How Much Pain-Killer Can a Foetus Take?
How Much Pain-Killer Can a Foetus Take?
December 23, 1983 – January 7, 1984
By Nutan Pandit
Almost every woman hopes for a miracle drug that would do away with labour pains. With the availability of analgesics this is now possible. Nutan Pandit discusses the side effects of these new drugs
Ever since science brought forth its wonder drugs to kill pain in labour, the stress has been to relieve pain. However, presently the limelight has shifted to the welfare and feelings of the baby.
The thalidomide tragedy in 1962 jolted people into realizing that drugs taken by the mother affect not only her but also reach and affect the baby. Thalidomide was a tranquillizer prescribed to pregnant women, which stopped the normal growth of the child in the womb.
Drugs used in labour, likewise pass through the placenta to reach the baby’s blood circulation, exerting an effect similar to that which is exerted on the mother. Hence the drugs given to a woman in labour have to be carefully controlled.
The correct does varies from woman to woman. It also depends on the woman’s condition and stage of labour. The dose has to be strong enough to the desired effect, and not so strong as to have unpleasant or dangerous side effects.
As Dr. R.A. Bradley put it. “The mother weighs 140 pounds, while the baby weighs seven; yet they both get the same dosage (of drug). So if you give the mother an adequate dose, you are giving the baby 20 times as heavy a dose.” Hence a drug which stays in the mother’s bloodstream for two hours, could take the baby two days to eliminate. Thus babies born to drugged mothers are initially sluggish.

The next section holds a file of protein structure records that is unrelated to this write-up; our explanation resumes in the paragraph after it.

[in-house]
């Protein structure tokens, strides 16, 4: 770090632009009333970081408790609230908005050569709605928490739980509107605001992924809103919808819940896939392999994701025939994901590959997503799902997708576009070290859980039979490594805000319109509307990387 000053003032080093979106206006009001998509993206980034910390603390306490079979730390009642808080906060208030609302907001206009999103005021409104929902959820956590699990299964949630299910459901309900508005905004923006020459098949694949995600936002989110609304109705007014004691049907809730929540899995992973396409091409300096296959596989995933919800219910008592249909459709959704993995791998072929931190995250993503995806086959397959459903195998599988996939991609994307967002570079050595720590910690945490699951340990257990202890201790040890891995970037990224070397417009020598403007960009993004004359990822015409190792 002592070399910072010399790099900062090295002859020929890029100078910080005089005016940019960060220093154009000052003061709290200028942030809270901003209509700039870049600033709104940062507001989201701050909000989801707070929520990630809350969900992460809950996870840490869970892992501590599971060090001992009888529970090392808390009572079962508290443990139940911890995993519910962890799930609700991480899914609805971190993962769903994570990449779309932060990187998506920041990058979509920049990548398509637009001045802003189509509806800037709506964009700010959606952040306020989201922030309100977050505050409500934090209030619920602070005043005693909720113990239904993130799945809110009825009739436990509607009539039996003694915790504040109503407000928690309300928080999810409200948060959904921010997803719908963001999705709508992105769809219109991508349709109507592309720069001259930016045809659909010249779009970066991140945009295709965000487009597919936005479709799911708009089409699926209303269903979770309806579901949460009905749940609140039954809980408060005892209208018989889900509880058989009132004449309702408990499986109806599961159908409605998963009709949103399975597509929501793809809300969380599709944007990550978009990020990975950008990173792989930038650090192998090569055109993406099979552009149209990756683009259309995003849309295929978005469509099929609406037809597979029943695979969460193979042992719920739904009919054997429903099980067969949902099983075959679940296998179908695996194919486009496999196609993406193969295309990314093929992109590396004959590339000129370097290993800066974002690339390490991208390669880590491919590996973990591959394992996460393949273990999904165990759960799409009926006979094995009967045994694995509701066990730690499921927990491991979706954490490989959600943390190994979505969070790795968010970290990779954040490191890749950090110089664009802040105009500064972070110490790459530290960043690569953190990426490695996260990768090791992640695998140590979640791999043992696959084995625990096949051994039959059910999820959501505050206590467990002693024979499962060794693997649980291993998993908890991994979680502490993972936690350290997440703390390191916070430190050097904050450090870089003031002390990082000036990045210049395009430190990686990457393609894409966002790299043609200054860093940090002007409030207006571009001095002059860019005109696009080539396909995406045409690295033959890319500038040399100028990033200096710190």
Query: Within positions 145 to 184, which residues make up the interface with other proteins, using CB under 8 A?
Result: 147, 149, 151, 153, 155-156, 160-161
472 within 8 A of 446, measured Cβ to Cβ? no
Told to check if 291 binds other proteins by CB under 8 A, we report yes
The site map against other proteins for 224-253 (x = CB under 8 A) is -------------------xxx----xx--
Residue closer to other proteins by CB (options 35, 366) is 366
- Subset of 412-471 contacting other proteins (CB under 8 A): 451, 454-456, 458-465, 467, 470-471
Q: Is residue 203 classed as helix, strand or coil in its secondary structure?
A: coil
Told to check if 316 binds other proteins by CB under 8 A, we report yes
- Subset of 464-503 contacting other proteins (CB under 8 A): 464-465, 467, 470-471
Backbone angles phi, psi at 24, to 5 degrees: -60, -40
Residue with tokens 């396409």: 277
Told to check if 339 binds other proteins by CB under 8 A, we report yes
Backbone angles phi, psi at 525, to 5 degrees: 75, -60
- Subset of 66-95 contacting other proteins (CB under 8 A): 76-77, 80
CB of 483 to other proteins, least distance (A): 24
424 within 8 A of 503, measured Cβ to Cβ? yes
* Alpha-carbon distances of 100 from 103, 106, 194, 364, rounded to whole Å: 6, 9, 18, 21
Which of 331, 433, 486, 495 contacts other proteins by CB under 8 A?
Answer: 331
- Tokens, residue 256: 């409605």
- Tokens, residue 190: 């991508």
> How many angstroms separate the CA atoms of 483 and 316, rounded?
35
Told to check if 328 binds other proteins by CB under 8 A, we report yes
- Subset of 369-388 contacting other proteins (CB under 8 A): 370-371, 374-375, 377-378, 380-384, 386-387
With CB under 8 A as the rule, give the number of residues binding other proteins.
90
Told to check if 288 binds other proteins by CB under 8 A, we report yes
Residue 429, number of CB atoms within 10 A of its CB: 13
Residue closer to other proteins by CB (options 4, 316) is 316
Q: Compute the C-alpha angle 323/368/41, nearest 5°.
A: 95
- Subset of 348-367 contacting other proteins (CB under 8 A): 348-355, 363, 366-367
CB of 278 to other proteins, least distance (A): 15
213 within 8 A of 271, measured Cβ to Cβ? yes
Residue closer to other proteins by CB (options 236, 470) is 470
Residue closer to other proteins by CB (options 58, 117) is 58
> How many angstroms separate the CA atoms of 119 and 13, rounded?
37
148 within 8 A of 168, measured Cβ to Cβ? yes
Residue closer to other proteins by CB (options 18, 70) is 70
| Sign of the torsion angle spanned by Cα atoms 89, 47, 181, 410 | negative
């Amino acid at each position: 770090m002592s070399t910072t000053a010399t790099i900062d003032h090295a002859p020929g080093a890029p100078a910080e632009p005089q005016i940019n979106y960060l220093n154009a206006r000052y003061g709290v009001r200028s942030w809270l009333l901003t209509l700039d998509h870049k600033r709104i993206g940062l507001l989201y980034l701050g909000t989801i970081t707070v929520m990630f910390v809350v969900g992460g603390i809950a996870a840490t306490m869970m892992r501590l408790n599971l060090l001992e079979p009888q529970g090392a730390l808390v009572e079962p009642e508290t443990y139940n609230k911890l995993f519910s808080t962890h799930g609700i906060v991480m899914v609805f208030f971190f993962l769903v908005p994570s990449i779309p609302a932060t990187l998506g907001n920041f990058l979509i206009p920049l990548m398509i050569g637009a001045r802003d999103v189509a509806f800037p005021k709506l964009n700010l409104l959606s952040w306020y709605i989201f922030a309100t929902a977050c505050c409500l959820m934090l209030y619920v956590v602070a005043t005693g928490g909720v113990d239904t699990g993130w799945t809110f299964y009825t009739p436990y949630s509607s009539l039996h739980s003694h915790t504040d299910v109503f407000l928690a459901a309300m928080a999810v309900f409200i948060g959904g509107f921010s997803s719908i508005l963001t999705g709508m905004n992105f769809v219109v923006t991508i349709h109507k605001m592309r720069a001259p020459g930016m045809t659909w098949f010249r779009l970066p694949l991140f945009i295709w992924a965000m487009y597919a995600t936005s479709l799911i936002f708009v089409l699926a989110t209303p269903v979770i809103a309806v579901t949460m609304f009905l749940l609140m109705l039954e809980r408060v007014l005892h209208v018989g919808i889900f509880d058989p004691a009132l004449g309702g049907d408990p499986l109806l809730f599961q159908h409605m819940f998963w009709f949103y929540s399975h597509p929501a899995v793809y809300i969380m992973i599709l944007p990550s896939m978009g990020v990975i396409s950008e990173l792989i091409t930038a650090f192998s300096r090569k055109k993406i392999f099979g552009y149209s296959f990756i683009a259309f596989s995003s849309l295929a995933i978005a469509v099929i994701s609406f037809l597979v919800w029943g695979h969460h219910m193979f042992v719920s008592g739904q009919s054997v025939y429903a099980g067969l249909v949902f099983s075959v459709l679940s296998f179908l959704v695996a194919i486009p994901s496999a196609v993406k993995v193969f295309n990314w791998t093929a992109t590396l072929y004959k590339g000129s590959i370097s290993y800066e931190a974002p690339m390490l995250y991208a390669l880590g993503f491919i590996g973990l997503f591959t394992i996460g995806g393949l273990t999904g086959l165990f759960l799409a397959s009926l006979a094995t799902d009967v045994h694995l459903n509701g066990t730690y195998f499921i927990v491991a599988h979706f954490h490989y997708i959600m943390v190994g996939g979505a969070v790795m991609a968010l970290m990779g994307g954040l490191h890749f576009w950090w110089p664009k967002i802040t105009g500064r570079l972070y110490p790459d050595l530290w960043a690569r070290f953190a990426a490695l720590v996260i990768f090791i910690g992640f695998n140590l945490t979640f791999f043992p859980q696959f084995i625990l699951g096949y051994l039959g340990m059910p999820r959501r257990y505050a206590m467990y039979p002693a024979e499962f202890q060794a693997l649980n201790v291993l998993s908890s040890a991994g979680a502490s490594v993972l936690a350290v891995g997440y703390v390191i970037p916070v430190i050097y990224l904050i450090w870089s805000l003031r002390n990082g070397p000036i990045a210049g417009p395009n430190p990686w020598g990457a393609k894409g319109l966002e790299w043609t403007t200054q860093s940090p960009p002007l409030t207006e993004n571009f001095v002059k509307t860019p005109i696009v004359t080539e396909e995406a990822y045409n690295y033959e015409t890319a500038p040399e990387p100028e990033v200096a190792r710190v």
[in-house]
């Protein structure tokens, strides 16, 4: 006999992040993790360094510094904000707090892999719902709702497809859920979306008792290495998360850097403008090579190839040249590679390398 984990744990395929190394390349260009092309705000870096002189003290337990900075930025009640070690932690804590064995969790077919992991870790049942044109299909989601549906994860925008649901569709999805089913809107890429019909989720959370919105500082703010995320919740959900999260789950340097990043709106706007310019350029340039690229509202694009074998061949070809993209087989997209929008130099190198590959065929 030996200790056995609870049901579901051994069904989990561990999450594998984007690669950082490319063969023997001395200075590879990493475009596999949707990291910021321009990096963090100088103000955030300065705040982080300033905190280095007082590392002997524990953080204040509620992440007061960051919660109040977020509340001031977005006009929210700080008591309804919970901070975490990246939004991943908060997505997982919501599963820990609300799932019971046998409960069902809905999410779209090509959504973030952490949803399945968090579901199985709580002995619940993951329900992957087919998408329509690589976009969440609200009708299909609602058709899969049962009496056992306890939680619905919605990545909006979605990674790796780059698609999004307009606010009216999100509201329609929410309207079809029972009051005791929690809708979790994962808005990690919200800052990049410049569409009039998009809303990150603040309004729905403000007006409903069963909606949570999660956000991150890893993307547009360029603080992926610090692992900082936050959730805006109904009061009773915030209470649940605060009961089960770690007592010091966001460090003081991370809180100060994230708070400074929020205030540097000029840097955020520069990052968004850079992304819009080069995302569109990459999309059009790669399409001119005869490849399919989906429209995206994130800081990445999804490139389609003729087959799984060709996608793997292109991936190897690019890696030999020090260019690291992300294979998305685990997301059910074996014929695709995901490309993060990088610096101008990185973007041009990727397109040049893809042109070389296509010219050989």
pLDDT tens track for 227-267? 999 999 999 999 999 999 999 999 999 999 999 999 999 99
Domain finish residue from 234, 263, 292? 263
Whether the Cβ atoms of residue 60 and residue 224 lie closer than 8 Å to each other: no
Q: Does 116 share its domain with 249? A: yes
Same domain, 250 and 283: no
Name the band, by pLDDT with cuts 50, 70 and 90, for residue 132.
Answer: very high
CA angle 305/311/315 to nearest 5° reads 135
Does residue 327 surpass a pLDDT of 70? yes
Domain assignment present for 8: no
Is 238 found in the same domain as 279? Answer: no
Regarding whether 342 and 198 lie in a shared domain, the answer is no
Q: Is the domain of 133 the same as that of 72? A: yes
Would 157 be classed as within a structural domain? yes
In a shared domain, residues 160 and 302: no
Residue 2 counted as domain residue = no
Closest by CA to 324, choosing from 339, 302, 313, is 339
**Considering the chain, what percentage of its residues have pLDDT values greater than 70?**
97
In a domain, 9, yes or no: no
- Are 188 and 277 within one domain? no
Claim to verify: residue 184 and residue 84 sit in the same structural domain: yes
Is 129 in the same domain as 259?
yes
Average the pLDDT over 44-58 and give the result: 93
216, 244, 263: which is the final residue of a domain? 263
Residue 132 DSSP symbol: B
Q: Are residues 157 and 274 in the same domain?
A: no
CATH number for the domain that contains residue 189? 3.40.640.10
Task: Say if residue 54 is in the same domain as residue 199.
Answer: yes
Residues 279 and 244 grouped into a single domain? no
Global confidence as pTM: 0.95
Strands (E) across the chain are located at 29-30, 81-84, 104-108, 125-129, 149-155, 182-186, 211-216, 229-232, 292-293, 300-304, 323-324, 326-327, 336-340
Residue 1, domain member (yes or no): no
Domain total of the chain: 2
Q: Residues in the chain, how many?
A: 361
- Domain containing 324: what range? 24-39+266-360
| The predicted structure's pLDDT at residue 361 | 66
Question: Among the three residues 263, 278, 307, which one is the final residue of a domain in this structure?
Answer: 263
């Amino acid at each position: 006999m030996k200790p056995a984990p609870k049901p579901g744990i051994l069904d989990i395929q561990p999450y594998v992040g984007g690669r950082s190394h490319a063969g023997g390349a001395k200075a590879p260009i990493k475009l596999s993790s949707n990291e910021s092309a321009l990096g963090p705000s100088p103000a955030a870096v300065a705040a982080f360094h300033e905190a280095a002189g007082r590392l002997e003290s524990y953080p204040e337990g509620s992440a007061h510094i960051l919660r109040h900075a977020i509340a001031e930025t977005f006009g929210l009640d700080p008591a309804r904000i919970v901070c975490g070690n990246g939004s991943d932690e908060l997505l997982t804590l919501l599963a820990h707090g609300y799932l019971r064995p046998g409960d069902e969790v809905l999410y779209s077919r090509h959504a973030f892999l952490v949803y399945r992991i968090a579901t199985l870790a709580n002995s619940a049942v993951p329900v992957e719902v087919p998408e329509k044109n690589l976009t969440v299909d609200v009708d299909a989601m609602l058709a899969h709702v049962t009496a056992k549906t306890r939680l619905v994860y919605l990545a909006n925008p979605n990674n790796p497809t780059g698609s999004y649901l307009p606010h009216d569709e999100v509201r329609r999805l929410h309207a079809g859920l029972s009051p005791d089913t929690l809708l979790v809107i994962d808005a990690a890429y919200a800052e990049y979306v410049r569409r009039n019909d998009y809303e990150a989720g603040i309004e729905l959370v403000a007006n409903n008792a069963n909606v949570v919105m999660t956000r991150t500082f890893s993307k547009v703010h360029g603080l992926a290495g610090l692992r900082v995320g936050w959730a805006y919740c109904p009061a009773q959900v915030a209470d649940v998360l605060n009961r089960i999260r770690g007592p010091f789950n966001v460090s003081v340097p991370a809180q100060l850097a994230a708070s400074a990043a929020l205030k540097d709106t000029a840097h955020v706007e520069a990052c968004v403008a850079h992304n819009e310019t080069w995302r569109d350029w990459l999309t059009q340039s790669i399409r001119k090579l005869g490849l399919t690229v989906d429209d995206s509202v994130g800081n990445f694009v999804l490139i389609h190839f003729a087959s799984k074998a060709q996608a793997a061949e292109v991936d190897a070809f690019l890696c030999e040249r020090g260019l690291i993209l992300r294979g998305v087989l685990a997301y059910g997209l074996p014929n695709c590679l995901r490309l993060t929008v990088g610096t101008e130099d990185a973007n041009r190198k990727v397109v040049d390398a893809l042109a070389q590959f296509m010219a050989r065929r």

Since anesthetics are nervous depressants along with pain they depress all other nervous mechanisms too. The baby consequently is slower to breathe, cry out and develop the sucking reflex.
The ideal labour therefore is, a labour in which the mother and baby receive a minimum of drugs. It was Dr. Dick Reed and Dr. La Maze who taught women how they can cope with labour without recourse to drugs. While Dr. Read stressed relaxation and understanding labour in order to remove fear of it. Dr. La Maze stressed his theory of ‘conditioned reflex’, that is, teaching pre-conditioned breathing responses to women to use at the time of labour.
Dr. Reed felt that civilization introduces fear and anxiety in a pregnant woman. It is reinforced by literature films and other media. The expectation of fear creates a protective tension hampers the uterus in its efforts to open up and thus accentuates pain. This is known as the ‘fear-tension-pain’ response. However, if tension is absent, the woman remains relaxed, her uterine muscles work unhampered by tension and with each contraction get closer to complete dilation, so that a woman has a shorter, less painful labour.
Let us briefly scan the drugs given to women in labour, and the effect they have on mother and child. Pethidine, an intra muscular injection, is an analgesic commonly given to lessen pain at the beginning of labour. Women vary in their reaction to it. Some find it a great help. They may even sleep a few hours, and awake refreshed. Others become drowsy, but are still aware of pain. They dose off only to awaken at the height of pain. This distresses them and reduces their ability to cope. If given two or three hours before the birth, it can result in a depression of the baby’s breathing.